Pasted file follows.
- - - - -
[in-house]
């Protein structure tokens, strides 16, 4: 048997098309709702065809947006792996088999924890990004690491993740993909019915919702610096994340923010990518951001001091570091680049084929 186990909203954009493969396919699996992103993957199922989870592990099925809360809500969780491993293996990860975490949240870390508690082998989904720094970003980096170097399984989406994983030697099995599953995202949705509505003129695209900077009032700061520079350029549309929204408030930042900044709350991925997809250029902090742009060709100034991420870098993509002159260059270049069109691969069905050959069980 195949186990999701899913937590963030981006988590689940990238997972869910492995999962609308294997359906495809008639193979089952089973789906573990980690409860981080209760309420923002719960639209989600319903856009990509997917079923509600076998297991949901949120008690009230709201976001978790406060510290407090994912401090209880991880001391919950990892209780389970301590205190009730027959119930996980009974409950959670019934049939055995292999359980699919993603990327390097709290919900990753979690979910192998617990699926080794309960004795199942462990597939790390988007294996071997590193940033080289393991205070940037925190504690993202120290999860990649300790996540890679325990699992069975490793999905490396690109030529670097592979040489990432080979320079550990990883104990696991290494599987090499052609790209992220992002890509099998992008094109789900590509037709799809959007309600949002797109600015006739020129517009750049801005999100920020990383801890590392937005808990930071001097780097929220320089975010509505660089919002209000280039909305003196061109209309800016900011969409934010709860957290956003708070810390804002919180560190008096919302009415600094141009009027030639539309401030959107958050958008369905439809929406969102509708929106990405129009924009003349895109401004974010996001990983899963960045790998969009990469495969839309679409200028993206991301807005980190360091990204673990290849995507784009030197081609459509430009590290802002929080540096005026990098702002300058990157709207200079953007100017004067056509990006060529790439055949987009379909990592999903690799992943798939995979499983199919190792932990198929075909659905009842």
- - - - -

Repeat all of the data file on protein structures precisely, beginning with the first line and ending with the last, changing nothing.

[in-house]
């Protein structure tokens, strides 16, 4: 048997098309709702065809947006792996088999924890990004690491993740993909019915919702610096994340923010990518951001001091570091680049084929 186990909203954009493969396919699996992103993957199922989870592990099925809360809500969780491993293996990860975490949240870390508690082998989904720094970003980096170097399984989406994983030697099995599953995202949705509505003129695209900077009032700061520079350029549309929204408030930042900044709350991925997809250029902090742009060709100034991420870098993509002159260059270049069109691969069905050959069980 195949186990999701899913937590963030981006988590689940990238997972869910492995999962609308294997359906495809008639193979089952089973789906573990980690409860981080209760309420923002719960639209989600319903856009990509997917079923509600076998297991949901949120008690009230709201976001978790406060510290407090994912401090209880991880001391919950990892209780389970301590205190009730027959119930996980009974409950959670019934049939055995292999359980699919993603990327390097709290919900990753979690979910192998617990699926080794309960004795199942462990597939790390988007294996071997590193940033080289393991205070940037925190504690993202120290999860990649300790996540890679325990699992069975490793999905490396690109030529670097592979040489990432080979320079550990990883104990696991290494599987090499052609790209992220992002890509099998992008094109789900590509037709799809959007309600949002797109600015006739020129517009750049801005999100920020990383801890590392937005808990930071001097780097929220320089975010509505660089919002209000280039909305003196061109209309800016900011969409934010709860957290956003708070810390804002919180560190008096919302009415600094141009009027030639539309401030959107958050958008369905439809929406969102509708929106990405129009924009003349895109401004974010996001990983899963960045790998969009990469495969839309679409200028993206991301807005980190360091990204673990290849995507784009030197081609459509430009590290802002929080540096005026990098702002300058990157709207200079953007100017004067056509990006060529790439055949987009379909990592999903690799992943798939995979499983199919190792932990198929075909659905009842």